CBO Outlook: Tax Reform and the Trade Balance

Today, the Congressional Budget Office (CBO) released the Budget and Economic Outlook: 2018 to 2028. A noteworthy component of the report is CBO’s projections for the trade balance—a measure of the difference between U.S. exports and imports. The United States is a net importer, meaning it buys more from the rest of the world than it sells. This imbalance is not inherently bad; imports provide immense value to consumers and increase our quality of life, and international trade generates gains in productivity and specialization as well as economic growth. It has, however, resulted in persistent trade deficits since the 1970s.

The trade deficit is projected to increase at a more rapid rate than in CBO’s last projection, from June 2017. Specifically, CBO projects that the deficit will increase by $63.1 billion (in chained 2009 dollars) in 2018 and $41.5 billion in 2019. One reason for this increase is the passage of the Tax Cuts and Jobs Act (TCJA)—the first major reform of the tax code since 1986. The TCJA made several important changes to the tax code that will result in a larger U.S. trade deficit.

Fluctuations in the trade balance are primarily governed by changes in national saving and investment. This fluctuation is a function of the national income identity, which states that exports minus imports must equal national saving minus investment. One projected impact of the TCJA is to reduce national saving by increasing the budget deficit, thus adding to the national debt. According to the income identity, this will put downward pressure on the trade balance.

The TCJA is also expected to boost both actual and potential gross domestic product (GDP), which means increasing aggregate demand. This increase will boost the demand for imports and may also decrease the demand for exports, as U.S. businesses focus their resources on fulfilling domestic demand. This outcome should not be surprising, though, as growth in the trade deficit generally rises with growth in overall economic activity.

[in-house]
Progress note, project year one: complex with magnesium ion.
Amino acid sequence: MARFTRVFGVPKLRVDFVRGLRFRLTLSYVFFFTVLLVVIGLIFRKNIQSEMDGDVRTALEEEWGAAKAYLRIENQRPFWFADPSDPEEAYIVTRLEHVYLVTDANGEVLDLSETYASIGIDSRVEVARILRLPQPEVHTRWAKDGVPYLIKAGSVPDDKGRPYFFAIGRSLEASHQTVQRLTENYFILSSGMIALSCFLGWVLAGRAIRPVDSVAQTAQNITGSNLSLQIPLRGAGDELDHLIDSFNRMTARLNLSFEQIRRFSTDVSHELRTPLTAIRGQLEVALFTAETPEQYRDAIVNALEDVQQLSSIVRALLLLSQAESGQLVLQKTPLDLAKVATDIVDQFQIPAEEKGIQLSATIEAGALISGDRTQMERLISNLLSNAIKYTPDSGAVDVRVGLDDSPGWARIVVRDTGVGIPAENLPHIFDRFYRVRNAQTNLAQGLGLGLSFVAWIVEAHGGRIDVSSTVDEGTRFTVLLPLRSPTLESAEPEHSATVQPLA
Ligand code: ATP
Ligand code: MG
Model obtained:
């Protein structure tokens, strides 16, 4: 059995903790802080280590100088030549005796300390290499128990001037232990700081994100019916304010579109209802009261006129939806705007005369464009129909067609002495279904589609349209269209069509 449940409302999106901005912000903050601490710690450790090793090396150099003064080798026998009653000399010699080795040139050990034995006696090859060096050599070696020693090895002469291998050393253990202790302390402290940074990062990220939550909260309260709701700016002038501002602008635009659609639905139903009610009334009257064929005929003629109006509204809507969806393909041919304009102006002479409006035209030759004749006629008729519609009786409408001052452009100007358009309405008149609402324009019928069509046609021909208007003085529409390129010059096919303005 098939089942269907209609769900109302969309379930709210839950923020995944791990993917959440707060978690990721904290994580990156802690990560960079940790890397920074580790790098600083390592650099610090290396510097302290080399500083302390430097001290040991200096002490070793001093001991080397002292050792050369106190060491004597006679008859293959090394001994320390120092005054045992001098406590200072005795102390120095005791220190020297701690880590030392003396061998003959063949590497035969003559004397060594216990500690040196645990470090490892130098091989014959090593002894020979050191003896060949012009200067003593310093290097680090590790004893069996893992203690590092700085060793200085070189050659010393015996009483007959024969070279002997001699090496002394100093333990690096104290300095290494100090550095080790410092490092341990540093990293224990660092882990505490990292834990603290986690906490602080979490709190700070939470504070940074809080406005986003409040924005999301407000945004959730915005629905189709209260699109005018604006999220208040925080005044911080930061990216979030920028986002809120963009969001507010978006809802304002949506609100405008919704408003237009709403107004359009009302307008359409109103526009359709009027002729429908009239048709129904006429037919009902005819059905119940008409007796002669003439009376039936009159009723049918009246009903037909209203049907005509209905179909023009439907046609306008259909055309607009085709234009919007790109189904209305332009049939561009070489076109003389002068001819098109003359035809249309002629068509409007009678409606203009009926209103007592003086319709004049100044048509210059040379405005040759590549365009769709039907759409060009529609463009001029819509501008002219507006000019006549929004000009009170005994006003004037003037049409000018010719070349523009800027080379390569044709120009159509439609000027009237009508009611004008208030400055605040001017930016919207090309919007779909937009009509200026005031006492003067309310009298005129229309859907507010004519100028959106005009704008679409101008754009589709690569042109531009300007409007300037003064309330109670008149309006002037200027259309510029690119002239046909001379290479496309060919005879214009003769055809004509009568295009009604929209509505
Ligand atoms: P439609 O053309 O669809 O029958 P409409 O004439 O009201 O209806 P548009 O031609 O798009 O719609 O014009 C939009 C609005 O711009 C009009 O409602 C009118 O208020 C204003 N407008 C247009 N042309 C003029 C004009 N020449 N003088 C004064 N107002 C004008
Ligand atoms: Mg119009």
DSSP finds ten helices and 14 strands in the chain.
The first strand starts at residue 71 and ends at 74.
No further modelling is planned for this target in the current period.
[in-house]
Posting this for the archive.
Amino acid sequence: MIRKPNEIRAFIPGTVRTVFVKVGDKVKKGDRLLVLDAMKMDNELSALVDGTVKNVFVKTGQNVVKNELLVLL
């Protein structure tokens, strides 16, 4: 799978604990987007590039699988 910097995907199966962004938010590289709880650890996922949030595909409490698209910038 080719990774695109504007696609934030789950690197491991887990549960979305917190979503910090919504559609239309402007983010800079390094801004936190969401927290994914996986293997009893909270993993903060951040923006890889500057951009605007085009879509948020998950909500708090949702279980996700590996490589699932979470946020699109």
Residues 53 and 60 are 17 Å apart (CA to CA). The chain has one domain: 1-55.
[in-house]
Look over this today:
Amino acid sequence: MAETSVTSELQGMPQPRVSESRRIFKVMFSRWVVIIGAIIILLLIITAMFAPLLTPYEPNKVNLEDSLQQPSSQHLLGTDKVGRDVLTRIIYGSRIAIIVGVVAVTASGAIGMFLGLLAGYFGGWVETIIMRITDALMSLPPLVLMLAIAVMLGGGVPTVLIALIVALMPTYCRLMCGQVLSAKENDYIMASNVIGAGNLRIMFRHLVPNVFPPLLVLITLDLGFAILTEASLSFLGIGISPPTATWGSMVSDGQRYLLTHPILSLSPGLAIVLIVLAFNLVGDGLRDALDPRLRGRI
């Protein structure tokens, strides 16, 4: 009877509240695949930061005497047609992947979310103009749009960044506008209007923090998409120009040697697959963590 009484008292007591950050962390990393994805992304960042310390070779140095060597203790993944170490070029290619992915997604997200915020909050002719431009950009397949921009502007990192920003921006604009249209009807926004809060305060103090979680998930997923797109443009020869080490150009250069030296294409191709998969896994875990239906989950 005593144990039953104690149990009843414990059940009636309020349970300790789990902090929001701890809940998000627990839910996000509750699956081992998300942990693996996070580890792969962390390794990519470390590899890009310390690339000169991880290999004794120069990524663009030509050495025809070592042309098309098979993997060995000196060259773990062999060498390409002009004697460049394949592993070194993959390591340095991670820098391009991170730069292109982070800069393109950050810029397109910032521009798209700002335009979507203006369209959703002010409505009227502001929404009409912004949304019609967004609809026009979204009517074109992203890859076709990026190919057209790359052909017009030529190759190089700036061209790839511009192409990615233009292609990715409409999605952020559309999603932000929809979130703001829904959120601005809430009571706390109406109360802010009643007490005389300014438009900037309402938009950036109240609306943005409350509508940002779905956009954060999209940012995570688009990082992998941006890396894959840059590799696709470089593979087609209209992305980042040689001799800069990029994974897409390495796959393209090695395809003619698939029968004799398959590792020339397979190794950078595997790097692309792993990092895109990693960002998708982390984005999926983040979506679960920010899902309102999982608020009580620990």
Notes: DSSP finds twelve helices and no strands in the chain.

The TCJA is also expected to increase inbound investment. Among other changes, it lowered the corporate income tax rate from 35 percent to 21 percent and allowed for immediate expensing of capital investment. These provisions increase the incentive for foreign investment in the United States, which (by the national income identity) is also expected to increase the trade deficit.

Finally, the TCJA is projected to increase the value of the dollar as demand for U.S. assets rise. A stronger dollar will make U.S. goods relatively more expensive than foreign goods, causing exports to decline and imports to increase. This exchange-rate effect, however, is expected to dissipate after 2020. Furthermore, if cuts to individual tax rates are allowed to expire, consumer spending will decrease and demand for imports will decline.

CBO’s latest Outlook shows that the TCJA is expected to have a positive impact on economic growth, as growth in actual GDP is projected to outpace growth in potential GDP. This overall growth will increase aggregate demand, inbound investment, and the demand for imports. A natural result will be for the trade deficit to rise.